The city of Berkeley has filed a lawsuit against the Alameda County registrar of voters and the Berkeley city clerk to determine which district lines to use in the November 2014 election.
The Berkeley City Council voted 6-3 Tuesday night to let the voters decide which map of council districts will best represent the community’s interests moving forward.
Update, Jan. 17: Berkeley’s Fair Campaign Practices Commission voted Thursday night to increase the fine for “Yes on S” campaign violations to $3,750, according to the East Bay Express. The campaign had failed to list the individual names of canvassers hired on election day 2012, made cash payments to them that should have been paid by check or card, and did not properly categorize or disclose two of its non-monetary contributions. After two votes failed, one to increase the fine amount and one to leave it at $2,750 — which had previously been set through an agreement between the city and “Yes on S” — the “Yes on S” campaign attorney agreed to raise the fine to $3,750.
There is a campaign afoot to waste Berkeleyans’ time and tax dollars.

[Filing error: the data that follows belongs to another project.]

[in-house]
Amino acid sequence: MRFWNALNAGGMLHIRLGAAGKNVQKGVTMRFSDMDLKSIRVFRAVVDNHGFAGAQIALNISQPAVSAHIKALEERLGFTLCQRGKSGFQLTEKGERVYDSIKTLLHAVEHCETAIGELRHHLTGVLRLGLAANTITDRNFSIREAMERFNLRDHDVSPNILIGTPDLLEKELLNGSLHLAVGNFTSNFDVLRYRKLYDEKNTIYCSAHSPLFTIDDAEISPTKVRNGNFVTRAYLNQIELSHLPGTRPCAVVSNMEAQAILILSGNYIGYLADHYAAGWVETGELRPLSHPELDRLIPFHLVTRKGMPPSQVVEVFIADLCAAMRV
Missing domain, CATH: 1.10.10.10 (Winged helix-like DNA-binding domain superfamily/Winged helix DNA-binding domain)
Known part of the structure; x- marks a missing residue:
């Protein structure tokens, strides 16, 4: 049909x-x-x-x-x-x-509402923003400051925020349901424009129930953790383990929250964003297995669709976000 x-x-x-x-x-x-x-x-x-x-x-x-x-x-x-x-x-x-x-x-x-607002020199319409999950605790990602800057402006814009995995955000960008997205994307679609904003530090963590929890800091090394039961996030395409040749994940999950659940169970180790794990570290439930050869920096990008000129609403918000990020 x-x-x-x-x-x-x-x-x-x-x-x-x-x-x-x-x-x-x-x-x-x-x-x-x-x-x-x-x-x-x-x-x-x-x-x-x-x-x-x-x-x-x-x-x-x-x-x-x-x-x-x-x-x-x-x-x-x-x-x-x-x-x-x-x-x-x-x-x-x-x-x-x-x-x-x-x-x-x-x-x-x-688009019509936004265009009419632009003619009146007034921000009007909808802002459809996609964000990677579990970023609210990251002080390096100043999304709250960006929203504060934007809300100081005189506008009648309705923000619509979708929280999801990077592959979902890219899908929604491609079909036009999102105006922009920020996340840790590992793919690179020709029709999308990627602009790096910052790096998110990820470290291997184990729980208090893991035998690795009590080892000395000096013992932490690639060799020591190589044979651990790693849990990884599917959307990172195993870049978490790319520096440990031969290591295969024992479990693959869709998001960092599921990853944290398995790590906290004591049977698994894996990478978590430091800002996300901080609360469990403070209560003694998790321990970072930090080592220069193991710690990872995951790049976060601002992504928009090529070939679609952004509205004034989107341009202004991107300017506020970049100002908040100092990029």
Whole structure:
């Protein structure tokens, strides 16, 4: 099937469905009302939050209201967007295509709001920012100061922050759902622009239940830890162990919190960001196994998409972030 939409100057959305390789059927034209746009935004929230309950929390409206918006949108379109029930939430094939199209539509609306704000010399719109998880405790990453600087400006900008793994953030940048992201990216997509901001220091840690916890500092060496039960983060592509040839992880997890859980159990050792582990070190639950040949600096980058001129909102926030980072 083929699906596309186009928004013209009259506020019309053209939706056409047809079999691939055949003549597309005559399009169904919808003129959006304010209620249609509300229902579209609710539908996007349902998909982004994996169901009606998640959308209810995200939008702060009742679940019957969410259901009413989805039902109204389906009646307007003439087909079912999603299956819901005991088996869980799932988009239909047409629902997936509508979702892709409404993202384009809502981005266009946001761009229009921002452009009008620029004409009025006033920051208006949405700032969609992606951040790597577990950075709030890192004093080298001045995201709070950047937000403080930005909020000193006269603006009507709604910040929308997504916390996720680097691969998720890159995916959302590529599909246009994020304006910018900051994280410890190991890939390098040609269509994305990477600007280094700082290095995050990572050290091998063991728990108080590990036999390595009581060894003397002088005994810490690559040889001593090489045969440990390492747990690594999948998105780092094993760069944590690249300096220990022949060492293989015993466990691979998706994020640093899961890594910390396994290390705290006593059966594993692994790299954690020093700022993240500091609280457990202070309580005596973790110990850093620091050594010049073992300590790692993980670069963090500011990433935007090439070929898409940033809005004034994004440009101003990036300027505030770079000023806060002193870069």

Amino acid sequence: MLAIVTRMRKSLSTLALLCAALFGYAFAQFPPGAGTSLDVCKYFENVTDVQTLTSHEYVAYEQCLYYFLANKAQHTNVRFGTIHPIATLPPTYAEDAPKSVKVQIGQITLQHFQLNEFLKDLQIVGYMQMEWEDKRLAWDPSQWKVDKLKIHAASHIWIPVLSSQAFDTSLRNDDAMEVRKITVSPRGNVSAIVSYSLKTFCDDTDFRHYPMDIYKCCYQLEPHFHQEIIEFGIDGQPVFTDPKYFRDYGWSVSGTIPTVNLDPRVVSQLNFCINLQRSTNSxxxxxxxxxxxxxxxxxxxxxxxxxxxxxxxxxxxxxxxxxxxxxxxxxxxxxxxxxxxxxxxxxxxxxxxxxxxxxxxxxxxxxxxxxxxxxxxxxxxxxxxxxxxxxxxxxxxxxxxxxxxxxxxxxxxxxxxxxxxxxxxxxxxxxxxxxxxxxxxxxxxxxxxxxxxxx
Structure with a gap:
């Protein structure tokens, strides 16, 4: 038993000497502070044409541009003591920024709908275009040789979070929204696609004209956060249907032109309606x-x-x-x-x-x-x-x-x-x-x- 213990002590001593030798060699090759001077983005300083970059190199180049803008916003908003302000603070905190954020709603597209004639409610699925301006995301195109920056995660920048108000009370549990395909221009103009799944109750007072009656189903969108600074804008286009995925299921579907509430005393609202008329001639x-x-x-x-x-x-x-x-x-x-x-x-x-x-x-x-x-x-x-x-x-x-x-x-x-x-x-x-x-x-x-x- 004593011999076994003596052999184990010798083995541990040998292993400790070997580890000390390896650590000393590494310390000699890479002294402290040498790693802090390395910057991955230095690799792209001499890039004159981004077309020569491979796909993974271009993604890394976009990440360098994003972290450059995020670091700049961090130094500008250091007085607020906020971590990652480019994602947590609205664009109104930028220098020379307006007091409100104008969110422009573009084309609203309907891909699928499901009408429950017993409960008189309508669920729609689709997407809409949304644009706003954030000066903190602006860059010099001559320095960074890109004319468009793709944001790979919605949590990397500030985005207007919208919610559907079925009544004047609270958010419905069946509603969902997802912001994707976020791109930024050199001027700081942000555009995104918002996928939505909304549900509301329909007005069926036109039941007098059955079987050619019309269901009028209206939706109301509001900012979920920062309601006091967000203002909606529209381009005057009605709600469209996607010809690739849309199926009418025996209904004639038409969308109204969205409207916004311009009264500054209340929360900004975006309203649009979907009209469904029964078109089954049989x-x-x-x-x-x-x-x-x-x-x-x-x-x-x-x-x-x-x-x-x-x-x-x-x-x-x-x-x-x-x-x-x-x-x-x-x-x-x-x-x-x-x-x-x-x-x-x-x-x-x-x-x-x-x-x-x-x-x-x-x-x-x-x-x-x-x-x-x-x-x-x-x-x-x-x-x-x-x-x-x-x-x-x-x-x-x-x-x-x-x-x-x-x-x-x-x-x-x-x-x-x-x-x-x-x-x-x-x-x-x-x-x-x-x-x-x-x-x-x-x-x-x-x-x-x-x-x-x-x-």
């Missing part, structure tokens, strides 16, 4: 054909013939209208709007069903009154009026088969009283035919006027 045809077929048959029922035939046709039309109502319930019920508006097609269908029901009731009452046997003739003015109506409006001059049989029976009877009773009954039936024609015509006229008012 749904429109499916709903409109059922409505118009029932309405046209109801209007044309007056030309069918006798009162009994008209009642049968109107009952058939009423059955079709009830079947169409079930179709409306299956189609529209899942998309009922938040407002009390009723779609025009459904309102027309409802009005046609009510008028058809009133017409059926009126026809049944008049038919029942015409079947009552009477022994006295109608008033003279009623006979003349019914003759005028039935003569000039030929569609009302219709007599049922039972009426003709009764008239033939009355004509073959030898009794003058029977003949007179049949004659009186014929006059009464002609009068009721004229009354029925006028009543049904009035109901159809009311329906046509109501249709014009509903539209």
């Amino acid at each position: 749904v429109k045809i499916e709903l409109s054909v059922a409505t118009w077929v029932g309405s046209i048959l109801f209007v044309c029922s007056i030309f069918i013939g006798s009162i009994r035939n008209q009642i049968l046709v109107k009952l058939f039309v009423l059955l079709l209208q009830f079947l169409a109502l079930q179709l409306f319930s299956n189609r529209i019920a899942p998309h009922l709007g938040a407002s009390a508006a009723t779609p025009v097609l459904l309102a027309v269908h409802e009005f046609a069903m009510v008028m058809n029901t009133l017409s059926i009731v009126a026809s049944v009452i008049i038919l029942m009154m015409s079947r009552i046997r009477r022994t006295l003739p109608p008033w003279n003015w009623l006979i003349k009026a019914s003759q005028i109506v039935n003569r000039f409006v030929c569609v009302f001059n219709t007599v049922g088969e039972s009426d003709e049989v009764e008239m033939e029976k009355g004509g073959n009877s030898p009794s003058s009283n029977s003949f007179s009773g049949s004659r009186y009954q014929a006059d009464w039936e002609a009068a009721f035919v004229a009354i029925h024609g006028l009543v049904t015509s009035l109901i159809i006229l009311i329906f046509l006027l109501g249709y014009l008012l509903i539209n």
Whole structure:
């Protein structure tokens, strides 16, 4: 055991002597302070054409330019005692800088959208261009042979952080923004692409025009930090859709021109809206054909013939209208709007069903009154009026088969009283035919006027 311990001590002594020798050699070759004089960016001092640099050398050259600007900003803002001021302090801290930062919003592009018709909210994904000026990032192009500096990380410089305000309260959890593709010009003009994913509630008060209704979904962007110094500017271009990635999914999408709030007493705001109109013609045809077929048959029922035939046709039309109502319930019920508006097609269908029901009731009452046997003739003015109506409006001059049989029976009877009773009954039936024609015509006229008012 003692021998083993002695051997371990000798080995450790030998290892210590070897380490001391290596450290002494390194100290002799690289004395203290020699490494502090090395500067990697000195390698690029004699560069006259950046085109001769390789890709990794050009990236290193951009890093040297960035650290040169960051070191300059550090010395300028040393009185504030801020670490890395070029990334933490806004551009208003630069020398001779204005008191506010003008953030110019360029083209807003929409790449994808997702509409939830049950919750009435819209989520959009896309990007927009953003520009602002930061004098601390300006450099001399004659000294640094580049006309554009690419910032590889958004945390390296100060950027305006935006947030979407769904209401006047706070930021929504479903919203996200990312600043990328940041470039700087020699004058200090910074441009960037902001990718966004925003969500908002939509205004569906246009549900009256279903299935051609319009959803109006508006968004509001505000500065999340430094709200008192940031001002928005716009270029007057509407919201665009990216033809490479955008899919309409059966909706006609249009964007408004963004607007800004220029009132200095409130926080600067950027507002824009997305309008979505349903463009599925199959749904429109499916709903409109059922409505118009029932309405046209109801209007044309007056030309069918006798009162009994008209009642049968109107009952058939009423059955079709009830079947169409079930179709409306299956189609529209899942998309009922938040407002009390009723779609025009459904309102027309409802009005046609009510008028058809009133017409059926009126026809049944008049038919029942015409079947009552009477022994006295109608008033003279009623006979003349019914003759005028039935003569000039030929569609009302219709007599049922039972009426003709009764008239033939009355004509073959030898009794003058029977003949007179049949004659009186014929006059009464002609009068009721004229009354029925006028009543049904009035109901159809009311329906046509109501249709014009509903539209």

With only two weeks left to collect 5,275 signatures to force a city council redistricting measure on the ballot, members of the Berkeley Referendum Coalition are holding a rally on Saturday to train volunteers.
What some described as a historic move by the Berkeley City Council to approve a new student-majority district centered around Telegraph Avenue was decried by others Tuesday night as political “gerrymandering” aimed at splitting the city’s progressive voice and excluding some of the most active students from the mix.
The homeless are the most marginalized and dispossessed people in the United States. To be homeless is to experience a wide spectrum of discrimination. In the past decade, legislation seeking to criminalize the homeless has gained popularity in cities that are fed up or exasperated with the “homeless problem”.